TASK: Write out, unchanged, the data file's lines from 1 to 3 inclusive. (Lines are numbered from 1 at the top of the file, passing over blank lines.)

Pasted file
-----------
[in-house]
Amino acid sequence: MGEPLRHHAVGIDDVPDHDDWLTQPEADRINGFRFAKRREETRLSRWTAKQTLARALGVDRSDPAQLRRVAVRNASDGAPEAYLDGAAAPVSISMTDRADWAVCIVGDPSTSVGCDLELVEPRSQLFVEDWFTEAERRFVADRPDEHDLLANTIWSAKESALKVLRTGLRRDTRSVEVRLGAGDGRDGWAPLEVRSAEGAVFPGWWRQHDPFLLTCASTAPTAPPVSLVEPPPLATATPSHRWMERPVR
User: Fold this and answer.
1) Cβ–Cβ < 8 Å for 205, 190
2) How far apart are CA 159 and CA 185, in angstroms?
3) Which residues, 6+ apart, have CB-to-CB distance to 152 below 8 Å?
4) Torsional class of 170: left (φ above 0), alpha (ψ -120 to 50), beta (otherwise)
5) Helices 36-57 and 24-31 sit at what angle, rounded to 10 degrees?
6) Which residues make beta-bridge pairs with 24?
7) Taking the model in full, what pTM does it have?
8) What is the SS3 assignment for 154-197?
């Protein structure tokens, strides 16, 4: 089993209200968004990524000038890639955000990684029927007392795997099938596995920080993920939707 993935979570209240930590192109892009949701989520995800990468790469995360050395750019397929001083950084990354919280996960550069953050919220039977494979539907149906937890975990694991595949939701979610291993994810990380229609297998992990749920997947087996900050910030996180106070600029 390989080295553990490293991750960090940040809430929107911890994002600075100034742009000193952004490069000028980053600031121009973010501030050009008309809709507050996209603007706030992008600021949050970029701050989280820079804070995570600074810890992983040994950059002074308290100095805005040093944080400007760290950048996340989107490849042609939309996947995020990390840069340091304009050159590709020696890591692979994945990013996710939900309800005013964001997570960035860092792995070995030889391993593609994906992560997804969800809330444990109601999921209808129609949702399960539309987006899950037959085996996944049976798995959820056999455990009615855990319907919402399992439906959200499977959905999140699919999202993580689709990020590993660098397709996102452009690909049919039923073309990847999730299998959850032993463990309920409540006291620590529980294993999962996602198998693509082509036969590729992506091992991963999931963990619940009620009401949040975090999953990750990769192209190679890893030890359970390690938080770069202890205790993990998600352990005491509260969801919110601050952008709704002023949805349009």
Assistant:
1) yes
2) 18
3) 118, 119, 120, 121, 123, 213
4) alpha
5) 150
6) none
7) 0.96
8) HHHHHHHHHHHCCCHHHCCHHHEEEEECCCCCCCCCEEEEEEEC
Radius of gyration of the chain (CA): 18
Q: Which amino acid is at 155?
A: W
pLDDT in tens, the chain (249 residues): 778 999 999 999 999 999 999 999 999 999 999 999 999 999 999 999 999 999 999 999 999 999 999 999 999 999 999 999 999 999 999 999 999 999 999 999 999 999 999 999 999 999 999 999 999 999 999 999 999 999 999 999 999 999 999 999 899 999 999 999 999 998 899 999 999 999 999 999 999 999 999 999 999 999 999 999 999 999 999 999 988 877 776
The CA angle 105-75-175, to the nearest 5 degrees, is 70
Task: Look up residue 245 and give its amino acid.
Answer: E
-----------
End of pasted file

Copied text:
[in-house]
Amino acid sequence: MGEPLRHHAVGIDDVPDHDDWLTQPEADRINGFRFAKRREETRLSRWTAKQTLARALGVDRSDPAQLRRVAVRNASDGAPEAYLDGAAAPVSISMTDRADWAVCIVGDPSTSVGCDLELVEPRSQLFVEDWFTEAERRFVADRPDEHDLLANTIWSAKESALKVLRTGLRRDTRSVEVRLGAGDGRDGWAPLEVRSAEGAVFPGWWRQHDPFLLTCASTAPTAPPVSLVEPPPLATATPSHRWMERPVR
User: Fold this and answer.